Monday, September 21, 2015

Eric Weinrich Autograph Card

It's a hard day for the hockey world with the passing of Todd Ewen, yet another enforcer falling to depression and suicide. Our thoughts are with the family and friends of the gentle giant who once held the NHL lead in goals with 4 in the first 7 games of the 1992-93 season (from a 4-goals-in-3-games streak), ahead (or tied with, I'm not sure anymore) Brett Hull; because of Ewen, at the beginning of every season, I look at the scoring leaders to identify that given year's recipient of the "Todd Ewen Award" as the player with the unlikeliest odds of keeping the pace and finishing with a breakthrough/statistical anomaly-type of season.

He will be missed, and he's yet another argument not only against the role of the enforcer in today's NHL but hockey fights in general, and of increasing research into CTE (chronic traumatic encephalopathy, i.e. the study of how multiple concussions affect how the brain functions and causes depression so bad that suicide is pretty much the most usual outcome).

That being said, there was also a smaller news item making the rounds today, as Eric Weinrich, the New Jersey Devils' second-round pick (32nd overall) at the 1985 draft, will go back to his roots as the team's development coach for defensemen.

I had written about his career as a player last February, but it bears repeating that he knows the game and rigors of the NHL through-and-through, having himself been an elite prospect, a decent offensive defenseman, and then evolved into a defensive specialist over time. He's been traded during the summer and at the trade deadline, and even knows what it's like to get drafted ahead of time, as the Buffalo Sabres had initially selected him in 1984 when he was too young to even be eligible.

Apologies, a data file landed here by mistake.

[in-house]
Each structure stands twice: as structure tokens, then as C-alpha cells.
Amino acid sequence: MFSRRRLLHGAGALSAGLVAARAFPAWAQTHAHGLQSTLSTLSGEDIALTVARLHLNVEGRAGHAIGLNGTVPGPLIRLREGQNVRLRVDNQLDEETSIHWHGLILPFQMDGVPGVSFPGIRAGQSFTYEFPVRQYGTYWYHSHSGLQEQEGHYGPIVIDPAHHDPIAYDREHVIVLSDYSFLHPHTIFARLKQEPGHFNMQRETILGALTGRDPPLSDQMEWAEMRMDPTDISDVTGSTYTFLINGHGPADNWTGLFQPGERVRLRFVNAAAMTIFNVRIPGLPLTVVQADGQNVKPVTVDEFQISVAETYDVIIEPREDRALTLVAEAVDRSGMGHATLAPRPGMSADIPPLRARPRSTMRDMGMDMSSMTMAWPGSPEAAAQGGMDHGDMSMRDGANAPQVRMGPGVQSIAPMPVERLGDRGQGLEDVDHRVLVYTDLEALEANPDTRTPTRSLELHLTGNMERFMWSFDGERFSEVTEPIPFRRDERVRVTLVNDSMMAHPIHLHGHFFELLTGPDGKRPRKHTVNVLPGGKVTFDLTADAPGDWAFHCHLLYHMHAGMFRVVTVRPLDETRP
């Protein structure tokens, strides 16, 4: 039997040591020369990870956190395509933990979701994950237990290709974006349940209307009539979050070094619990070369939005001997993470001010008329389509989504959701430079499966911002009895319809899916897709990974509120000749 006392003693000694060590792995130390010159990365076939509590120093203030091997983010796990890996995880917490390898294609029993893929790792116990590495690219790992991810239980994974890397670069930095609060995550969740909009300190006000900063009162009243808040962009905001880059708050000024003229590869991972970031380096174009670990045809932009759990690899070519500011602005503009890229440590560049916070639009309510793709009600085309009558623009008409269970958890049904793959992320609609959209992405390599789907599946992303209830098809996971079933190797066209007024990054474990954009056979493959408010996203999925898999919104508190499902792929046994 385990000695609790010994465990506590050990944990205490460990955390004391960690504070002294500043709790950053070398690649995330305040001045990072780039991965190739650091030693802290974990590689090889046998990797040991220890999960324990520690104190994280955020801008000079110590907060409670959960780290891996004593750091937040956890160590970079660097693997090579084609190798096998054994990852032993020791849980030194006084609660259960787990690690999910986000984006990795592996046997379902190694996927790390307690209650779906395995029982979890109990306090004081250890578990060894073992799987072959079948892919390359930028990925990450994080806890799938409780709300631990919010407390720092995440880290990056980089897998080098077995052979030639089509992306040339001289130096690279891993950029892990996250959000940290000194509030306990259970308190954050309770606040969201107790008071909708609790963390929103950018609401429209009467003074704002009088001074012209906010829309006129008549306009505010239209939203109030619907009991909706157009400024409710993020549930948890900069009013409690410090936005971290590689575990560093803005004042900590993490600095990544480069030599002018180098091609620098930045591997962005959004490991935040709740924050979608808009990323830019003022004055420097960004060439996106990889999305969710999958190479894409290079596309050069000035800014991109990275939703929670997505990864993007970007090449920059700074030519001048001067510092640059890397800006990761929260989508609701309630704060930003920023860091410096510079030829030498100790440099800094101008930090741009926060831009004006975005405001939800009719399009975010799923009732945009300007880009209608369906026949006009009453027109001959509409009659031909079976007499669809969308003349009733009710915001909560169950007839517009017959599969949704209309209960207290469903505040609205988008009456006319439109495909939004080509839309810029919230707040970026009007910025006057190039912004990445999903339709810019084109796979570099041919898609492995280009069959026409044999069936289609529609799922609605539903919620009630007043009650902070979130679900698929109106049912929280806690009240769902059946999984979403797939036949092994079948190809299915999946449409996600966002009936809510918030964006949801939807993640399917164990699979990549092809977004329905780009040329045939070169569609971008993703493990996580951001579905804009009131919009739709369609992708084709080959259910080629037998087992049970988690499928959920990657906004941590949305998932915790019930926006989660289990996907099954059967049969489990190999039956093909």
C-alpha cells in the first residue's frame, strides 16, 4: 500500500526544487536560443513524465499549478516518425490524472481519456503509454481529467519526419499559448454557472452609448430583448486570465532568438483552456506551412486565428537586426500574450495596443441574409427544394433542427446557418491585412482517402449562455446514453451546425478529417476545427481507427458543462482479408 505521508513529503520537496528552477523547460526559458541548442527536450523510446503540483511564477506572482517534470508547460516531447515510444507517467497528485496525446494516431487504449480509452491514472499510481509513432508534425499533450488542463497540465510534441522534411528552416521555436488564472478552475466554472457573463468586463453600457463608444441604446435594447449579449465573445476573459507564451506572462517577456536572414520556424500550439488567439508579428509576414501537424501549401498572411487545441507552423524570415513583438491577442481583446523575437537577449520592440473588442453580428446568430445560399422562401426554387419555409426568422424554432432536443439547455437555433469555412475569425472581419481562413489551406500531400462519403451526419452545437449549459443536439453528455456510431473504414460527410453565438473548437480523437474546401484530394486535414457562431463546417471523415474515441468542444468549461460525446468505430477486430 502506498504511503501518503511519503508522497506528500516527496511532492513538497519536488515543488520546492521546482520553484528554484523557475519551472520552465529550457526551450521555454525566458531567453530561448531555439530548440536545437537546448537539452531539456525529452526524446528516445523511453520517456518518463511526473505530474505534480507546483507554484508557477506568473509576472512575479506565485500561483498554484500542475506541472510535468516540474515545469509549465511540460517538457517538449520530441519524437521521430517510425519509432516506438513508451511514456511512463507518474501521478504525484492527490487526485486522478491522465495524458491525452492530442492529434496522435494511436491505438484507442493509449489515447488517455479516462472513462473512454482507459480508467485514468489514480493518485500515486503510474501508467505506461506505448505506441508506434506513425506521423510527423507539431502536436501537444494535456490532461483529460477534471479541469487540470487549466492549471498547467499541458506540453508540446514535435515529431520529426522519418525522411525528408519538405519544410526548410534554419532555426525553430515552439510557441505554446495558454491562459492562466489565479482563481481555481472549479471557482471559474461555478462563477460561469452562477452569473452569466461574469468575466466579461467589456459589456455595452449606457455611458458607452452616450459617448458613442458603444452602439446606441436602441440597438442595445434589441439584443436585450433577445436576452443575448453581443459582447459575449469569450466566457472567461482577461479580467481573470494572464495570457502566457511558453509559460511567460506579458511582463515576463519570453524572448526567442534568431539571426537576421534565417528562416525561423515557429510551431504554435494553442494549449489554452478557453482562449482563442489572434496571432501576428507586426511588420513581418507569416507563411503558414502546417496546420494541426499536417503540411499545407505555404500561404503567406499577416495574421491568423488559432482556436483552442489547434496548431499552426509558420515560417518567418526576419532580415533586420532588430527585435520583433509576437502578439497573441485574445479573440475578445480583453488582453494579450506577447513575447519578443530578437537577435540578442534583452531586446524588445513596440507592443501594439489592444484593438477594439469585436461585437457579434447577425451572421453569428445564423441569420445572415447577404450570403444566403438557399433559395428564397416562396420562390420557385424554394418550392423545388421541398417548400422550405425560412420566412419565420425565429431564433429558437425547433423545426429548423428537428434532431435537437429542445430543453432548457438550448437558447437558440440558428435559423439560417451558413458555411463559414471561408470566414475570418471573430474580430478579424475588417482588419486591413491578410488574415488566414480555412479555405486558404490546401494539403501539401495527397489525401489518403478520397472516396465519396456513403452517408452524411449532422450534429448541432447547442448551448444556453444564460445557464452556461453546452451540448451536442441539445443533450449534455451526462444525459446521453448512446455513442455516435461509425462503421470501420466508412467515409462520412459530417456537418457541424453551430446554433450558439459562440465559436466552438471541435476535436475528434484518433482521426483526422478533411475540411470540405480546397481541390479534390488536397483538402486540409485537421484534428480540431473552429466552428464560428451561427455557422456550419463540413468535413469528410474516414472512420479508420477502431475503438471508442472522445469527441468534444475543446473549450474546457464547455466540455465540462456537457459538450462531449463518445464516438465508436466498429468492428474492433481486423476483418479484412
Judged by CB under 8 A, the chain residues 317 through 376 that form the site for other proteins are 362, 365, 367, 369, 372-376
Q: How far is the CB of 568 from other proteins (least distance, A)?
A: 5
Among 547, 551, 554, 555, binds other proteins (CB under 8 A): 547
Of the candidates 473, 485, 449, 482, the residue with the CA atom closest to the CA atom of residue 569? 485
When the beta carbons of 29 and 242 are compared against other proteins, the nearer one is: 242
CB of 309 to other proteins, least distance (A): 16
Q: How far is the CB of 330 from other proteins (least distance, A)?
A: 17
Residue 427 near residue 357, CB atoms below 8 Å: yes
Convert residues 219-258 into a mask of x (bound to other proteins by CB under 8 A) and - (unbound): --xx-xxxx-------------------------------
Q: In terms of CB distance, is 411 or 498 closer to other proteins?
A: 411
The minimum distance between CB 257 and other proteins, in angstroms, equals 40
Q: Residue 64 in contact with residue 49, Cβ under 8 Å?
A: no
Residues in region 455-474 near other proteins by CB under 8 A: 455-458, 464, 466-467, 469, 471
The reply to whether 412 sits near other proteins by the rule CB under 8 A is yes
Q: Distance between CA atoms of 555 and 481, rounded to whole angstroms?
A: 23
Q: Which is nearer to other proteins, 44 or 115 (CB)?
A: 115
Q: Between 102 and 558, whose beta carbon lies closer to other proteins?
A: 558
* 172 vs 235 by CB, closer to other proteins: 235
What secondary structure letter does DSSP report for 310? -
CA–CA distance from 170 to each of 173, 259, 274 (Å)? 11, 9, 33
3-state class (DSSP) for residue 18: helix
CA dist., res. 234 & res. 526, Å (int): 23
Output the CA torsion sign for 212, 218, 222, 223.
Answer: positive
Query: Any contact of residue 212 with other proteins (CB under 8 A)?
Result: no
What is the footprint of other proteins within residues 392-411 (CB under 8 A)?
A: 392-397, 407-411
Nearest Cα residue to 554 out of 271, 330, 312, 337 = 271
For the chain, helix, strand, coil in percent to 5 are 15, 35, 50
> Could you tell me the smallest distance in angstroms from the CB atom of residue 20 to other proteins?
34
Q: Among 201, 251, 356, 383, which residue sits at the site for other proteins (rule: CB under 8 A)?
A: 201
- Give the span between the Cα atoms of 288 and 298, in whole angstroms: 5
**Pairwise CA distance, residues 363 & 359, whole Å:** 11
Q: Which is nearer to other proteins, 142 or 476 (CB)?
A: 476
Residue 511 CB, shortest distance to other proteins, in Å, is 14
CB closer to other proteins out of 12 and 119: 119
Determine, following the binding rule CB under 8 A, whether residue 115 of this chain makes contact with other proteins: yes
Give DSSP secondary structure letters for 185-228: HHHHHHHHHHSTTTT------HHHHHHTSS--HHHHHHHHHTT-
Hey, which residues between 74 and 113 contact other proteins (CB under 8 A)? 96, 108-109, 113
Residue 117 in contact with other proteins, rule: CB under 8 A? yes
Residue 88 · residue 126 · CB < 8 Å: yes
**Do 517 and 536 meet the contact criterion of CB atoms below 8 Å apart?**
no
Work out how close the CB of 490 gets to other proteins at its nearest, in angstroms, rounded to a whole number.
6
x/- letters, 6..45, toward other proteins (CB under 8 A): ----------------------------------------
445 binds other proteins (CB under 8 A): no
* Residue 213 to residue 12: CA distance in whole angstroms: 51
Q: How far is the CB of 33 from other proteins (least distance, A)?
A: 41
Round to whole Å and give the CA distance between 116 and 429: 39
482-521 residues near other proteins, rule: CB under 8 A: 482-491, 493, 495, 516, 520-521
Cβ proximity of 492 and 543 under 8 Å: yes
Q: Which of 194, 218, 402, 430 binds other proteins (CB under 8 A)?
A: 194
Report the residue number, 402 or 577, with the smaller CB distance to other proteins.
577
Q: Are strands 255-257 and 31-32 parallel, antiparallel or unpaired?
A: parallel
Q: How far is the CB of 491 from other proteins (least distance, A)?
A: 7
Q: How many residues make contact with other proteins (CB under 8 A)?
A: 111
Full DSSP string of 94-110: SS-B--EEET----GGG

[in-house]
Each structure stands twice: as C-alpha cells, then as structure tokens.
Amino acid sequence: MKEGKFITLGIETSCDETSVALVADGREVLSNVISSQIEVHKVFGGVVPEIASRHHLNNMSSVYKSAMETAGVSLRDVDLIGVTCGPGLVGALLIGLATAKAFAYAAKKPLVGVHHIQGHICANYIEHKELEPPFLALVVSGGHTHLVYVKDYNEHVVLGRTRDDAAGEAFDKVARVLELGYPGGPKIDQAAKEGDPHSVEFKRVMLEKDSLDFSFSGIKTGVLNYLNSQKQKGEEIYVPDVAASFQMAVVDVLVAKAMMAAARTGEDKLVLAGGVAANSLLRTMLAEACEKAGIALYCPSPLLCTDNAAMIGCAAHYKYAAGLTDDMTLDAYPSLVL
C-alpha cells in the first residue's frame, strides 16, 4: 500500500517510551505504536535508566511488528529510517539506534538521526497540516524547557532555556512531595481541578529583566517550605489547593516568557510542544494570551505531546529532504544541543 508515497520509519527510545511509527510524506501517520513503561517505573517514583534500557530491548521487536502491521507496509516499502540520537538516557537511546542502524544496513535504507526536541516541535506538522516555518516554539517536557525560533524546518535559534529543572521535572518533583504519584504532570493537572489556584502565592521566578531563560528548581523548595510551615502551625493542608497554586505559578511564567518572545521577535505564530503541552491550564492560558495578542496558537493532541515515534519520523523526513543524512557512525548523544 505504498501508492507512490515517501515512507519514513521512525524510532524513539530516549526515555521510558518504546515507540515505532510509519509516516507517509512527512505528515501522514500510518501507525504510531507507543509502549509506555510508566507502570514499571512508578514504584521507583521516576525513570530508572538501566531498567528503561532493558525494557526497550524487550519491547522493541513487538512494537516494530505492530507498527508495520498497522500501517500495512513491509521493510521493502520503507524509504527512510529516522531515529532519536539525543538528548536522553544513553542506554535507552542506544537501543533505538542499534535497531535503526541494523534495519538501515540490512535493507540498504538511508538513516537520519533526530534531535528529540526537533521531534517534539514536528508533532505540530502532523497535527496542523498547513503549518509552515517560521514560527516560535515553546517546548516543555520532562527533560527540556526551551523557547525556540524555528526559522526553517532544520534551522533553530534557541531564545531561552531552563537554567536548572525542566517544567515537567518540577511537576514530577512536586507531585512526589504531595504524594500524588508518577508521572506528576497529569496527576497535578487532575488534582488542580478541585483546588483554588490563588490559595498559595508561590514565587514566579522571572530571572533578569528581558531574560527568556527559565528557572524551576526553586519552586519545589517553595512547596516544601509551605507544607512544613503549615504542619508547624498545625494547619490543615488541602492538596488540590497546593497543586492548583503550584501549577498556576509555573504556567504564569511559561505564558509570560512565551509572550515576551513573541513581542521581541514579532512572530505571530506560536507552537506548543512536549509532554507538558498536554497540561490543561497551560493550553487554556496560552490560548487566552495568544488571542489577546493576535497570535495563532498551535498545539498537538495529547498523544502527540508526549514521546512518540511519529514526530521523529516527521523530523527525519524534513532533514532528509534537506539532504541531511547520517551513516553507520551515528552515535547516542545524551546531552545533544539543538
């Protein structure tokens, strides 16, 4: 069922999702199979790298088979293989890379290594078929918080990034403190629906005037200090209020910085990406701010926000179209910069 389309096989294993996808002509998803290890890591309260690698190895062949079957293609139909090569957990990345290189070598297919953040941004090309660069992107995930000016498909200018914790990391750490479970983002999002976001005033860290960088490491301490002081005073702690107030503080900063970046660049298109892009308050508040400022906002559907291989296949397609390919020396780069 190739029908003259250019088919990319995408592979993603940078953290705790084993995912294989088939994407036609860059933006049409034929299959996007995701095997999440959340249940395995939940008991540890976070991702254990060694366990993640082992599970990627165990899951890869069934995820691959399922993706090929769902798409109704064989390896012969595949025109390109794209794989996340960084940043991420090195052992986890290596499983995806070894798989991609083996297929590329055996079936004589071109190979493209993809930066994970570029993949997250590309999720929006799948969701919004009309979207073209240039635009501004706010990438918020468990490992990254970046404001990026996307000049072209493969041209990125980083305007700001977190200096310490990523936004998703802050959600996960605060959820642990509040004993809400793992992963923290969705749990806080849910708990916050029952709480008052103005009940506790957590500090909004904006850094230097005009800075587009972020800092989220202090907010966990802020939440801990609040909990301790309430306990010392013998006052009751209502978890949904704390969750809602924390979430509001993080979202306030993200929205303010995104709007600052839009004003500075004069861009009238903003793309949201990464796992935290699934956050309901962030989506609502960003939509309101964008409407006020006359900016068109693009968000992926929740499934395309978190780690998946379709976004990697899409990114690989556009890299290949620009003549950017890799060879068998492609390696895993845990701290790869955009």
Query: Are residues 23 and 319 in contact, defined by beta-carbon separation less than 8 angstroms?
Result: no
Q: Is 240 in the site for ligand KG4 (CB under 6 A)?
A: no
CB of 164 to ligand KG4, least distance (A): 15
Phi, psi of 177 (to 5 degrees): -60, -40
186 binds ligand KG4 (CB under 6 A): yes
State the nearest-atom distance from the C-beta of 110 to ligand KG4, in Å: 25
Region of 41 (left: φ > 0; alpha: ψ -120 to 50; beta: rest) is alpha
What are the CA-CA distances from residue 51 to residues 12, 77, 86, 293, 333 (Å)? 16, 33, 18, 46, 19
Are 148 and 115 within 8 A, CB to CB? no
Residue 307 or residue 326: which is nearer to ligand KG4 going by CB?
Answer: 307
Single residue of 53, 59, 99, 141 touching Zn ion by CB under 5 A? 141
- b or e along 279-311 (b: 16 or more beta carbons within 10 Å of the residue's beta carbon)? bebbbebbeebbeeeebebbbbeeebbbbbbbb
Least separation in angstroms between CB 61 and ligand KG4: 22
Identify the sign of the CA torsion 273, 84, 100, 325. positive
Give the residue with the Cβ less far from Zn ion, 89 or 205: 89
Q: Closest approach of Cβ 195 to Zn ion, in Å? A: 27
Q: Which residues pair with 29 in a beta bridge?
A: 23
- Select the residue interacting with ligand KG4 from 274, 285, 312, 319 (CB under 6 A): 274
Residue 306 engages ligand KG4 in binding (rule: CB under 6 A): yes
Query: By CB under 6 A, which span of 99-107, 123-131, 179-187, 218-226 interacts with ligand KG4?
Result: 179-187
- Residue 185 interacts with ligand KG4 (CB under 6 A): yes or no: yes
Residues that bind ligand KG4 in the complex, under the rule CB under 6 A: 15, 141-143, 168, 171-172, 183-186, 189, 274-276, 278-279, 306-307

He also knows how to deal with adversity, as he was a member of the Devils when they were still a joke (the early 1990s), the Chicago Blackhawks when they were irrelevant (most of the 1990s) and the Montréal Canadiens in their worst three years ever (1998-2001), when people didn't even try to remember the organization's good old days. He knows a thing or two about dark times, so he'll be able to tell the kids more than just "hey, at least you're not playing for the Arizona Coyotes".

I wish him the best, and am confident he'll do a fine job (though having the kind of depth on D that the Devils have, they'll make him look good as much as the opposite, I'm certain).

Here he is rocking the Hawks' classic red (then-away) uniform, about to enter back-checking mode, from In The Game's 1998-99 Be A Player set (the signed insert version of card #30, autographed in thin black sharpie):
It's the more common "Silver Version" of the card.

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